maybe we can’t be ok, but maybe we’re tough and we try anyway

RIP Margo Popken, 2/23/11

has it really been a year?


I feel so sick. I think my voice has been permanently lost down a toilet at Tufts.

It’s so bad that today I pretended to be dead. Seriously. I got all my blankets and tucked them in wicked tight and got underneath them all and just lay there on my back with my arms at my side with all of it over my whole body and my head. Lots of blankets are kind of heavy. You just feel the weight and lay there without moving and barely breathing and then you fall asleep and it’s almost like you’re dead and buried. It was awesome and so peaceful and then when you wake up you just want air and to breathe and get your head out and that fraction of a second before you rip off the covers and quickly inhale through your mouth is exhilarating and exciting.

If your toes are sticking out, you're doing it wrong.



I love  this song, I love this dance, I love that she flies at 1:16.

I would like to fly too.

I wish I could fly, and magically appear and disappear. I wish I could fly…
I’d fly far away from here.

This is pouring rain,
This is paralyzed.

Something about it just always speaks to me and soothes me.

Bon Iver, I cannot wait to come and see you.

Days become weeks become months and, one day, I’ll have been missing you for years.

This is my college essay. It’s probably one of the favorite things I’ve ever written, and I keep intending to post it, but obviously it takes me forever to actually do it. Right now I’m bored on the couch in a hotel in Michigan, so it seems like as grand a time as any to introduce you to my partner in (fighting) crime…

Our relationship began in the form of a present from my mother. At first, Nancy Drew bored me; her demure personality and permanent geniality were irritatingly dry. I have always been one to speak my mind, and I resented Nancy’s tendency to hold her tongue. Though her first adventure in The Secret of the Old Clock thrilled me, I could not be enticed to read any more about her; however, the yellow bindings of the remaining books glared at me until, out of guilt, I was forced to make the best out of my mother’s gift.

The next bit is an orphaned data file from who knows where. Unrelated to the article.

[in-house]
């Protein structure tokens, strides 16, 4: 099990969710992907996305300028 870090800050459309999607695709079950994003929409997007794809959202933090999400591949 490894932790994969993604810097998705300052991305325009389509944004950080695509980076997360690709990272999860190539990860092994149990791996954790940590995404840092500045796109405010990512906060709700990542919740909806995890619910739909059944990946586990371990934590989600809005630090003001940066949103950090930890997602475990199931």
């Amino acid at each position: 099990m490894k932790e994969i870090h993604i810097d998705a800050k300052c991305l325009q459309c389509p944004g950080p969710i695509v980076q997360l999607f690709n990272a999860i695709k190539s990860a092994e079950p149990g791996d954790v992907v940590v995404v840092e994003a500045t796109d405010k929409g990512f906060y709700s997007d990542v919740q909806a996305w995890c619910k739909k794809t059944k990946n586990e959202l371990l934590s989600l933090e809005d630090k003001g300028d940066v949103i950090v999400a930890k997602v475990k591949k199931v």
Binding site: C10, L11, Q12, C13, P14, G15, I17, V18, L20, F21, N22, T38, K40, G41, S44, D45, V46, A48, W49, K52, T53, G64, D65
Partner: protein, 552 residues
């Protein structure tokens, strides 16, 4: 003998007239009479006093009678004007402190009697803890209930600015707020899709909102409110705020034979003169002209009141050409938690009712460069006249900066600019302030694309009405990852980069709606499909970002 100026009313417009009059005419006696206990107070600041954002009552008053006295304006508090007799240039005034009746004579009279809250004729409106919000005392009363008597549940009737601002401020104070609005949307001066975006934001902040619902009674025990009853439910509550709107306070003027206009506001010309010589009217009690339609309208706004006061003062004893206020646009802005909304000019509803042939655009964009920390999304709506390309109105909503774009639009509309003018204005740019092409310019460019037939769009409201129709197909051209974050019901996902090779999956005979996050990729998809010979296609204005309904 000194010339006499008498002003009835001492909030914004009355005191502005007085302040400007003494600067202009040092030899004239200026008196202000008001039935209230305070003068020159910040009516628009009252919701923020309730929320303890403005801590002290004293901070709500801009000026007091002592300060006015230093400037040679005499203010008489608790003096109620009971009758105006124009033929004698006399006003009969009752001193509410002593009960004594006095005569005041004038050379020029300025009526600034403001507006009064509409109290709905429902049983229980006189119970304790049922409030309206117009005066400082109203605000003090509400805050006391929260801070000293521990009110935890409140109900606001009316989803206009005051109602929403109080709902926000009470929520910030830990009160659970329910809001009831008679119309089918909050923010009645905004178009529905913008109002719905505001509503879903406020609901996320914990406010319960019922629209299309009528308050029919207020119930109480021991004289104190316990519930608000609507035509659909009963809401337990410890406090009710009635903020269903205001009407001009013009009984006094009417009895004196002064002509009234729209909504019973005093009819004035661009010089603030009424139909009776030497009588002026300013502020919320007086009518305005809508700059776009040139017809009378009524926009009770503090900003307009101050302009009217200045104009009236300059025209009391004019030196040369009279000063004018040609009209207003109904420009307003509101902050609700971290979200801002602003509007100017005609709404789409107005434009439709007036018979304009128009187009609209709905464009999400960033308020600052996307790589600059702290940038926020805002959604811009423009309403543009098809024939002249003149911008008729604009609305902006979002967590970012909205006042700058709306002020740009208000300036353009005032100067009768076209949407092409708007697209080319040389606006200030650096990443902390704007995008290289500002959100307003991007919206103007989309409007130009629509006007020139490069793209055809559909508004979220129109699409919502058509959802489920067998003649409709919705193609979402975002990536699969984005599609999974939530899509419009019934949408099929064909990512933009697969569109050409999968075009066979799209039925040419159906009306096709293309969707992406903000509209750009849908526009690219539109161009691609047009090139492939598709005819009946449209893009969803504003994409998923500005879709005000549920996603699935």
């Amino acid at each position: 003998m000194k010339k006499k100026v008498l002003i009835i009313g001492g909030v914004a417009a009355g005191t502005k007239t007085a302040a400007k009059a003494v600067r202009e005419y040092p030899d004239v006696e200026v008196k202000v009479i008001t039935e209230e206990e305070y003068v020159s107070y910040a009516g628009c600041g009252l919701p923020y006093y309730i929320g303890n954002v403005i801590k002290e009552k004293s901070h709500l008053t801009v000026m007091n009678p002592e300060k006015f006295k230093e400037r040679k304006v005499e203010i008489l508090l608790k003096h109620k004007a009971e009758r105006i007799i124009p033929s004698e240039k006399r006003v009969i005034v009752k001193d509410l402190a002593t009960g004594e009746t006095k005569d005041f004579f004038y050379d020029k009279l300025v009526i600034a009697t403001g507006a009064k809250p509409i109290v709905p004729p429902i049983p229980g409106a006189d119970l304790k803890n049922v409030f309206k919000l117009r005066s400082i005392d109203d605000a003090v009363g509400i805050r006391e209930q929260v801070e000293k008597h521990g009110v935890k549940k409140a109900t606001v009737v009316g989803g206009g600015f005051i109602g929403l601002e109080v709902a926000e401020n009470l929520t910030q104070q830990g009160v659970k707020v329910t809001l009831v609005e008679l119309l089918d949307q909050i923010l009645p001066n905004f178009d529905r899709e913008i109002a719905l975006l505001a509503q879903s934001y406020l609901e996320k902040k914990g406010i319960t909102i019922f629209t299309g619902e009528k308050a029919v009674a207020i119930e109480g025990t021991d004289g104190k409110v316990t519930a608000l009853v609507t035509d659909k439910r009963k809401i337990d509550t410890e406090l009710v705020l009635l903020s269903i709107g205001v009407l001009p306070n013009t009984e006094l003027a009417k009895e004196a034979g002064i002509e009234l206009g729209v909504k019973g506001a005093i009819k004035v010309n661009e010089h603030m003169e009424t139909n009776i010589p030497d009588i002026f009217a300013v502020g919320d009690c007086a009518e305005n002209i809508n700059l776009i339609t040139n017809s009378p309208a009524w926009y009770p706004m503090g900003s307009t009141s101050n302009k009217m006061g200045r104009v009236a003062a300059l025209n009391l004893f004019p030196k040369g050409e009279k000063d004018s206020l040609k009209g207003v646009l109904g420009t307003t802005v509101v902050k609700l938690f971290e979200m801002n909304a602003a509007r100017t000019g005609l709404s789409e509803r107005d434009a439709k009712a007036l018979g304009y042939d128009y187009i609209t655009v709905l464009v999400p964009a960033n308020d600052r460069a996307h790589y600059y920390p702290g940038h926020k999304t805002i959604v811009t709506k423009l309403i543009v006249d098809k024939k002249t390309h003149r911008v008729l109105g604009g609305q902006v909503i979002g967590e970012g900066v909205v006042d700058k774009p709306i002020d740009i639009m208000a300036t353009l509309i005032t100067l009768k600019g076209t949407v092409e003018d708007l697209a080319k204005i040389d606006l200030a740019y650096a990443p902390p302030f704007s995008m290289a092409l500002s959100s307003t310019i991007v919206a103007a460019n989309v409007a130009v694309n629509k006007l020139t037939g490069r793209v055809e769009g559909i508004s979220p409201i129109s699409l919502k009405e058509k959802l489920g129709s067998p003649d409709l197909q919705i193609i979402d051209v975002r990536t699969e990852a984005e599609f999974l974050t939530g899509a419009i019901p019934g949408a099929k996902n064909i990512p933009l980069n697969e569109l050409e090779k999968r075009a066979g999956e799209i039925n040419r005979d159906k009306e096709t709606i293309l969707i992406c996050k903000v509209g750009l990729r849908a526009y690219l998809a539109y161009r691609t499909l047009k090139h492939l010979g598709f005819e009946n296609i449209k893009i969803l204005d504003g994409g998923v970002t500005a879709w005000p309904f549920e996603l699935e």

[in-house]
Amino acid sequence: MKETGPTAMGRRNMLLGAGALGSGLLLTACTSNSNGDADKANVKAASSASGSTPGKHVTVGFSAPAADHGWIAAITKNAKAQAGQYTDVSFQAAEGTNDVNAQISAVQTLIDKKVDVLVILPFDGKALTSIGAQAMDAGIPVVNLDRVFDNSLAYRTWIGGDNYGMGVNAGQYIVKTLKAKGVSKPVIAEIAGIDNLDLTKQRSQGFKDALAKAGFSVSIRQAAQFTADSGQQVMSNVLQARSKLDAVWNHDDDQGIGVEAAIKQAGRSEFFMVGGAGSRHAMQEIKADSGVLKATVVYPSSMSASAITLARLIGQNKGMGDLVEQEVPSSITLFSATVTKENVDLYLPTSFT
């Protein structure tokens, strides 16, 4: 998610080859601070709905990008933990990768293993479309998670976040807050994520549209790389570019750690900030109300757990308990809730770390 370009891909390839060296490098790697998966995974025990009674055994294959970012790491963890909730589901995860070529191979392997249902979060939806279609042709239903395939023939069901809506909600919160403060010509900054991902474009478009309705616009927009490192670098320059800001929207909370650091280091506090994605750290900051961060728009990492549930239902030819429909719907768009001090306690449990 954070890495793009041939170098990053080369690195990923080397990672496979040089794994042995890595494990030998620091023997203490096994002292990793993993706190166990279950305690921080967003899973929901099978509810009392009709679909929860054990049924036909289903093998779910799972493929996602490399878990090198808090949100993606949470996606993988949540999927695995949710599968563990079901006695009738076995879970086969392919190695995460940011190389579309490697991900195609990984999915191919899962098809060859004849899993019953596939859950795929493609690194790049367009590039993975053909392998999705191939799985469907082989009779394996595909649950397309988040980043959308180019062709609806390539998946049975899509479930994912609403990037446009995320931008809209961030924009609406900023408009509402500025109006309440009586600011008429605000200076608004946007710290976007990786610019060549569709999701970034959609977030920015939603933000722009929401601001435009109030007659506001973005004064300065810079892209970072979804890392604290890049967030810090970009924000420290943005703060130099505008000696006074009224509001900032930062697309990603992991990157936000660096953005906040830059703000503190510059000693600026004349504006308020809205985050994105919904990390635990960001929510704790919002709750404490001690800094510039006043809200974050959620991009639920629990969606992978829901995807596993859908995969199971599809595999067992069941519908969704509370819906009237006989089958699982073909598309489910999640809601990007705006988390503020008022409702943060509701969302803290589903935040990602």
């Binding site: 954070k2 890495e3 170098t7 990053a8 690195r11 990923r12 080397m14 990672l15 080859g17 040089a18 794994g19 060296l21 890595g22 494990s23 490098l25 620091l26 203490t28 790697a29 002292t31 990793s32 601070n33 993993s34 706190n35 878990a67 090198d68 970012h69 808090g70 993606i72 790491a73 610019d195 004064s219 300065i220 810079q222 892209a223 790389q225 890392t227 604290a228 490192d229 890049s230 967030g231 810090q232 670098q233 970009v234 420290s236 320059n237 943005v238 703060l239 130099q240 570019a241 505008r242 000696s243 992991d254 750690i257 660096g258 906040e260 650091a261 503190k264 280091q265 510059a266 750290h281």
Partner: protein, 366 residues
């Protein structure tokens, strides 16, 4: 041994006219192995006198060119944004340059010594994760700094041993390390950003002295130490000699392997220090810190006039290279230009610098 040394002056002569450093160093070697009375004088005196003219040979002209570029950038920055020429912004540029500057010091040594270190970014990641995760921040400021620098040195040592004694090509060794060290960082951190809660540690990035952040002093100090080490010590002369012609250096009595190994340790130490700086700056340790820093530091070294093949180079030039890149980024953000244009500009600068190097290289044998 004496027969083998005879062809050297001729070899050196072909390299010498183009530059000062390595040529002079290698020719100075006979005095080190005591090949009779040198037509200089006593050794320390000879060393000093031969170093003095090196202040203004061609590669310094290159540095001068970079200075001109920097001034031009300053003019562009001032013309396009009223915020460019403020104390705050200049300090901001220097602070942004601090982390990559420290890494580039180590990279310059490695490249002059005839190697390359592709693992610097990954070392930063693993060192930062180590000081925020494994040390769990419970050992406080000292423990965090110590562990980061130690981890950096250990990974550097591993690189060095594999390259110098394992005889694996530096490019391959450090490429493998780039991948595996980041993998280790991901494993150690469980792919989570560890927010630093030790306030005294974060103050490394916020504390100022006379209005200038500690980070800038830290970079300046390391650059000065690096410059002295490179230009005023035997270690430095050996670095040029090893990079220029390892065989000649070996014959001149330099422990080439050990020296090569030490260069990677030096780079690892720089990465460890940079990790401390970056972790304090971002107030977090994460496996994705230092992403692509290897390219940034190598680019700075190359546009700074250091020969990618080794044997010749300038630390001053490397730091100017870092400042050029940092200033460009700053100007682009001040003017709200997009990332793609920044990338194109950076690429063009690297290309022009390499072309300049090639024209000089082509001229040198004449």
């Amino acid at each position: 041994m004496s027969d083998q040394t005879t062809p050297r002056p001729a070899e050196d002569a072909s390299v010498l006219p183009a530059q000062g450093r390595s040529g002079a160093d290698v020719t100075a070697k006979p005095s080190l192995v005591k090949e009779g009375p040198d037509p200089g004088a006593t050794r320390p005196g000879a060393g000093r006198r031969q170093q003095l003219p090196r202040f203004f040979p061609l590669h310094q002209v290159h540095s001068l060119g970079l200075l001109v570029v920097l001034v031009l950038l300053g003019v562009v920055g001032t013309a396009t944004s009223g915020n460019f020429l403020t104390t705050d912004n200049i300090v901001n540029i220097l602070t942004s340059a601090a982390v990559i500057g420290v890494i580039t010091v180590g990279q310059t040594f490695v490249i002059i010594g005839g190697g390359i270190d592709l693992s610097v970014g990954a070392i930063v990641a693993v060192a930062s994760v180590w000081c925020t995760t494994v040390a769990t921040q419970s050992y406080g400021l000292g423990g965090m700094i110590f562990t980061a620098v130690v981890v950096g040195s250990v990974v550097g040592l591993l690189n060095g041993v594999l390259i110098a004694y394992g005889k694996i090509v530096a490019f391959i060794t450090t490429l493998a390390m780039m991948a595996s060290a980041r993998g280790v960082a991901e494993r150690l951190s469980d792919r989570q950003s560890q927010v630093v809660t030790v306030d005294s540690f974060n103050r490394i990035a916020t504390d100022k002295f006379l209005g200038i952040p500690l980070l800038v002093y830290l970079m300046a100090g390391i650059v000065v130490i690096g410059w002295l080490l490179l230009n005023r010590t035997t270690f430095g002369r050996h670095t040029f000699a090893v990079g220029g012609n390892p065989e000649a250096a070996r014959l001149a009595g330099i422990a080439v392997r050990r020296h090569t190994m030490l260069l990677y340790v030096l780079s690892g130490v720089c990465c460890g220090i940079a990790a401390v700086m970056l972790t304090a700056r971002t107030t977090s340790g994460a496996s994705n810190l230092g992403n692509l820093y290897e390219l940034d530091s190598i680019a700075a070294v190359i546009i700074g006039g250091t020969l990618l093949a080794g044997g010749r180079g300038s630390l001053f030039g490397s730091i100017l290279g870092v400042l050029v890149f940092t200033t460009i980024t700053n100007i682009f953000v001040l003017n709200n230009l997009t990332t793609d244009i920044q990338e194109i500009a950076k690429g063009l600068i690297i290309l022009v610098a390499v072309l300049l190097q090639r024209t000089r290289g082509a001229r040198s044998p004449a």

By the time I exhausted my own book supply, I was scurrying to the library to obtain more. I discovered that, despite our clear differences, Nancy and I shared many traits. My own inquisitiveness, independence, and desire for absolute justice were complimented by Nancy’s exhibition of these same qualities. As I watched her quench curiosity and outwit obstacles, I longed to create my own stream of influence to combine with hers and cumulatively affect the world in one swell.

But what could I do to produce this effect? Unanswered questions always haunt me, and this one – the most crucial one – did so in an even more alarming manner. This frustration with ignorance went hand-in-hand with my passion for discovery that was fueled by Nancy Drew and her adventures. Each mystery solved and each cover closed further persuaded me that I, too, could uncover answers. I did not know how I would channel this aspiration, but I was certain that I had the ability, the tenacity, and the gumption to succeed – especially with Nancy by my side.

By growing up together, Nancy and I achieved a partnership. We thrived off of each others’ influences; her tenacity extinguished some of my hesitance, and I donated my own spirit to her innocuous identity. I was still my own person, and Nancy was still hers. We only bore the watermarks of each other. And how I relished observing these traces that others could not! I reread Nancy’s original stories and reveled in mental images of her smirking instead of smiling, fidgeting instead of standing still. I had given her qualities that the anonymous Carolyn Keene had not; I had made her human.

While Nancy undoubtedly influenced my character, her most prominent effect lies in my aspirations. The success of teenage detective Nancy Drew is world-renowned, but this is not why I have placed forensic investigation and chemistry at the crest of my vocational goals. Nancy’s adventures always end with the restoration of justice and the conviction of wrong. She has locked up countless fictional felons, but is confined from extending the favor to reality by her own paper cage. By washing away these fragile bars, I will release Nancy Drew onto the world through myself so that she may actually have life. As a team, we will search for clues, develop answers, and crack cases together.